However, as painful as they were to watch, we did learn a lot from the last three debates. First, about the candidates. We learned that Michele Bachmann’s even crazier than we thought. That Rick Perry’s not ready for primetime. And that Mitt Romney, while not very exciting, is a lot stronger candidate than he was four years ago.
But that’s only part of the story. Whatever we learned about who was on stage, we learned even more about who was in the audience. If they represent a true cross-section of the Republican Party, we’re in trouble. They’re the kind of people who, if they saw somebody standing on the ledge of a building about to commit suicide, wouldn’t call the police. Instead, they’d holler: “Jump!” And cheer when he did.
Don’t believe it? Look what happened at the Reagan Library. Moderator Brian Williams began a question to Rick Perry by noting that, as governor of Texas, he had presided over the execution of 234 people (now 235). The audience erupted in applause.
The following week in Tampa, Wolf Blitzer pressed Ron Paul, who preaches that government has no role in health care, on what should happen to a man who had no health insurance but needed emergency care. Should we just let him die? The audience gleefully shouted out: “Yes!”
And in Orlando, the biggest disgrace of all. When an American soldier on duty in Iraq identified himself as a gay man and asked the candidates what they planned to do about the recently canceled Don’t Ask, Don’t Tell policy, several members of the audience actually booed him. And, what’s even more shocking, not one of the candidates on stage spoke up to condemn the boorish audience behavior or disassociate themselves from it.
Nor did any of the three moderators. Fox anchor Bret Baier, in fact, dismissed the boos as coming from only two or three people, as if that made it any more acceptable to demean a soldier wearing the uniform. And co-host Megyn Kelly piously insisted it wasn’t her job. “Those attending these debates are entitled to their point of view,” she told her television audience. “And in this anchor’s view, it is not the panelist’s role to correct those views or chastise them who hold them.”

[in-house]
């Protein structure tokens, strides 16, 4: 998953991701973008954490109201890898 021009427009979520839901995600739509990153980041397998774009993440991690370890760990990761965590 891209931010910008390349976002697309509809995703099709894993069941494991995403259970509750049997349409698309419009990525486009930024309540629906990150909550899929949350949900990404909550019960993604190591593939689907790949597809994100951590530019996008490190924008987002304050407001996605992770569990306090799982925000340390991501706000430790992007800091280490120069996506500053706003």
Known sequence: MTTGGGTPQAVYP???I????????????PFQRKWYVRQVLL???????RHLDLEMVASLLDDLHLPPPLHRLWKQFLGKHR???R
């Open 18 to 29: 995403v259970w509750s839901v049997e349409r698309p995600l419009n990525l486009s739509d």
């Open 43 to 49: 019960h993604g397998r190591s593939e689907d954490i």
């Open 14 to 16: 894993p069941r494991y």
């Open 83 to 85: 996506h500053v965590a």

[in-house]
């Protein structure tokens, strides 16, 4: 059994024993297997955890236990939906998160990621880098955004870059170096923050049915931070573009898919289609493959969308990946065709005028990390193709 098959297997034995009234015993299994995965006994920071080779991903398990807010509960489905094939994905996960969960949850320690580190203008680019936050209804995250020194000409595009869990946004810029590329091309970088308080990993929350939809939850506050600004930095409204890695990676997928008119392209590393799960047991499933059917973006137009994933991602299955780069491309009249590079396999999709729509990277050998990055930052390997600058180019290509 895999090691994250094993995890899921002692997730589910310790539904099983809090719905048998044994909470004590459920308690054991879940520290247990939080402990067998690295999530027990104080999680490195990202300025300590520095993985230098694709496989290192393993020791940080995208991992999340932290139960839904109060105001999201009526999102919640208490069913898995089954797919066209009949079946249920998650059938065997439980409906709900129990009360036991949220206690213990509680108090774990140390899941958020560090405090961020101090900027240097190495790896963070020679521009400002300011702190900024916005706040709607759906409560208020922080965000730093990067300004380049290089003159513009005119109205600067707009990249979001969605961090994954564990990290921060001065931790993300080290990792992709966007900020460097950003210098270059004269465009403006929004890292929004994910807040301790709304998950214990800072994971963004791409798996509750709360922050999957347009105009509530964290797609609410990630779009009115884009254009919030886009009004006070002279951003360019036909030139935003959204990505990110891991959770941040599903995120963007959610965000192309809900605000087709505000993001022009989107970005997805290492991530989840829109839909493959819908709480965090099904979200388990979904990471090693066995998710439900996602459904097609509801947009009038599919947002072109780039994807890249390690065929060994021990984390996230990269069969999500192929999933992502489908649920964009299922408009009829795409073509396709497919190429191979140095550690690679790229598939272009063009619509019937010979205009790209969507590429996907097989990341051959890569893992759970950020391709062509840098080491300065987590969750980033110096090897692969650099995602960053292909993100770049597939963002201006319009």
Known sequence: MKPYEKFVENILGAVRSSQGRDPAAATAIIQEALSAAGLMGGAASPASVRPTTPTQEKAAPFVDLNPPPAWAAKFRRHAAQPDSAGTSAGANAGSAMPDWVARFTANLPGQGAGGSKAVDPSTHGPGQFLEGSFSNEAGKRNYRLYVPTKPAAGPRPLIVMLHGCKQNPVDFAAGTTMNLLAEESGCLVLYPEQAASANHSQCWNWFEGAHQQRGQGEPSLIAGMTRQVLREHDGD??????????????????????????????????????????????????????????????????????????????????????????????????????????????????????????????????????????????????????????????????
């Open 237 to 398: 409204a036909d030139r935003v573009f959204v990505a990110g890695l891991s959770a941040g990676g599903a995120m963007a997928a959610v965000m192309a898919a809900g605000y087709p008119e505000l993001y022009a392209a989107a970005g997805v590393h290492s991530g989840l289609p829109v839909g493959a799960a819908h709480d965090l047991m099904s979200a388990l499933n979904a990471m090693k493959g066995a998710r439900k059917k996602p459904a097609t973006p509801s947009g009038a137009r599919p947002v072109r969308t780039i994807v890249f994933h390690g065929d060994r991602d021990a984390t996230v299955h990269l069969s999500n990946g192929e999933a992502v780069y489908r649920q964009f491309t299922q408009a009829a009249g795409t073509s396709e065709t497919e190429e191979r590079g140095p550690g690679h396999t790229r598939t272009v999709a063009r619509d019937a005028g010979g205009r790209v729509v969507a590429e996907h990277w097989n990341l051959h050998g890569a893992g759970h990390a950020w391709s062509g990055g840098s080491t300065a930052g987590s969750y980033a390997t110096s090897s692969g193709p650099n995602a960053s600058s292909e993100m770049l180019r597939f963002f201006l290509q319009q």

Kelly is dead wrong. She blew it. So did Bret Baier and Chris Wallace. Imagine Peter Jennings, Tom Brokaw or Jim Lehrer just sitting there and saying nothing when members of the audience, no matter how many or how few, booed an active-duty member of the military. Never would have happened. The proper response, from panelist or candidate, would have been to turn to the audience and say simply: “Please. Whether you agree with his question or not, this man is a member of our military, serving our country in Iraq, and he deserves your respect.”
Megyn Kelly should have taken a lesson from John McCain, who faced a similar situation at a 2008 campaign rally. When a woman started her question with the comment “I can’t trust Obama. I have read about him and he’s not, he’s not, uh, he’s an Arab,” McCain cut her off, told her she was wrong, and reminded his audience that Obama was “a decent family man and citizen that I just happen to have disagreements with on fundamental issues.”
And if you think Republicans learned anything from watching those three audiences, you’re wrong. When Chris Christie spoke at the Reagan Library on Sept. 27, he saluted Reagan for firing thousands of air traffic controllers, back in 1981. Again, the audience cheered. Good news! More government employees out of work!
Watching the last three debates, it made me yearn for the good old days. Remember? When the first thing the moderator did was turn to the crowd and remind them that there was to be no audience reaction. No laughter, no cheers, no groans, no boos.
Everybody would benefit from going back to that rule. It’d be better for the candidates. It’d be better for those watching at home. And it’d be better for the Republican Party, too. Because the whole world wouldn’t see what a rude, intolerant, heartless bunch of people today’s Republicans are.
Bill Press is host of a nationally syndicated radio show.